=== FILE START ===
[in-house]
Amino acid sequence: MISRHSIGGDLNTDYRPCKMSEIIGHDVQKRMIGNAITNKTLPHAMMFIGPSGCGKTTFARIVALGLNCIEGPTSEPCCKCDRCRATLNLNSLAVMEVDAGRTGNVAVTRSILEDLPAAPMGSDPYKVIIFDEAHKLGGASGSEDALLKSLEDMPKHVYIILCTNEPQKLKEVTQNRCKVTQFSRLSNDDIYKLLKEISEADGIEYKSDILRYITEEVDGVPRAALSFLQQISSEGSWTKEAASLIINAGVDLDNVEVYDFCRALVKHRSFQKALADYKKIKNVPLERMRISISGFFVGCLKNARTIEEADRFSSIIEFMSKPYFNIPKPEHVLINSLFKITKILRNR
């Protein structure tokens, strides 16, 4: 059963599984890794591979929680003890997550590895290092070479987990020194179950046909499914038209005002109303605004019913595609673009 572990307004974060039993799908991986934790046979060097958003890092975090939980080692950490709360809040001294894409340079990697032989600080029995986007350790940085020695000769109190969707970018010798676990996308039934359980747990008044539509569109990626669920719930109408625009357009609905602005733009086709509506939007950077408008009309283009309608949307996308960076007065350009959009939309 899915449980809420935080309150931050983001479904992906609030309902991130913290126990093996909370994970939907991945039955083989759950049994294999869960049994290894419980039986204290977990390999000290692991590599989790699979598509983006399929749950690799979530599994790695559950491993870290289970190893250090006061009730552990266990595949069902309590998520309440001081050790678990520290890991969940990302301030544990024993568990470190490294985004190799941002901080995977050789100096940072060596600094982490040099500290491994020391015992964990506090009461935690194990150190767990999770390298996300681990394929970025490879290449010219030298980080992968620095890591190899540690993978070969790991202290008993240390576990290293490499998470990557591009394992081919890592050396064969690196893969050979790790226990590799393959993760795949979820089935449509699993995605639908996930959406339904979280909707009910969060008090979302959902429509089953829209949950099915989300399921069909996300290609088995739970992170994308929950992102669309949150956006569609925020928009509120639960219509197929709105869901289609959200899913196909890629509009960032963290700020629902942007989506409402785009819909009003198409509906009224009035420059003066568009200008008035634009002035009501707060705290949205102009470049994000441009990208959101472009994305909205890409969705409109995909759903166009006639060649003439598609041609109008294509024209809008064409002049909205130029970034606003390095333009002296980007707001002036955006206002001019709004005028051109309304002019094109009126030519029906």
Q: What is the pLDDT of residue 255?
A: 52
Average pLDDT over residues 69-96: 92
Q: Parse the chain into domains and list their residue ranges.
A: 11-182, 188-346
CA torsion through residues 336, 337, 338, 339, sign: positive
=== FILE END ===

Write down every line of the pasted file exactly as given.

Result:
[in-house]
Amino acid sequence: MISRHSIGGDLNTDYRPCKMSEIIGHDVQKRMIGNAITNKTLPHAMMFIGPSGCGKTTFARIVALGLNCIEGPTSEPCCKCDRCRATLNLNSLAVMEVDAGRTGNVAVTRSILEDLPAAPMGSDPYKVIIFDEAHKLGGASGSEDALLKSLEDMPKHVYIILCTNEPQKLKEVTQNRCKVTQFSRLSNDDIYKLLKEISEADGIEYKSDILRYITEEVDGVPRAALSFLQQISSEGSWTKEAASLIINAGVDLDNVEVYDFCRALVKHRSFQKALADYKKIKNVPLERMRISISGFFVGCLKNARTIEEADRFSSIIEFMSKPYFNIPKPEHVLINSLFKITKILRNR
């Protein structure tokens, strides 16, 4: 059963599984890794591979929680003890997550590895290092070479987990020194179950046909499914038209005002109303605004019913595609673009 572990307004974060039993799908991986934790046979060097958003890092975090939980080692950490709360809040001294894409340079990697032989600080029995986007350790940085020695000769109190969707970018010798676990996308039934359980747990008044539509569109990626669920719930109408625009357009609905602005733009086709509506939007950077408008009309283009309608949307996308960076007065350009959009939309 899915449980809420935080309150931050983001479904992906609030309902991130913290126990093996909370994970939907991945039955083989759950049994294999869960049994290894419980039986204290977990390999000290692991590599989790699979598509983006399929749950690799979530599994790695559950491993870290289970190893250090006061009730552990266990595949069902309590998520309440001081050790678990520290890991969940990302301030544990024993568990470190490294985004190799941002901080995977050789100096940072060596600094982490040099500290491994020391015992964990506090009461935690194990150190767990999770390298996300681990394929970025490879290449010219030298980080992968620095890591190899540690993978070969790991202290008993240390576990290293490499998470990557591009394992081919890592050396064969690196893969050979790790226990590799393959993760795949979820089935449509699993995605639908996930959406339904979280909707009910969060008090979302959902429509089953829209949950099915989300399921069909996300290609088995739970992170994308929950992102669309949150956006569609925020928009509120639960219509197929709105869901289609959200899913196909890629509009960032963290700020629902942007989506409402785009819909009003198409509906009224009035420059003066568009200008008035634009002035009501707060705290949205102009470049994000441009990208959101472009994305909205890409969705409109995909759903166009006639060649003439598609041609109008294509024209809008064409002049909205130029970034606003390095333009002296980007707001002036955006206002001019709004005028051109309304002019094109009126030519029906």
Q: What is the pLDDT of residue 255?
A: 52
Average pLDDT over residues 69-96: 92
Q: Parse the chain into domains and list their residue ranges.
A: 11-182, 188-346
CA torsion through residues 336, 337, 338, 339, sign: positive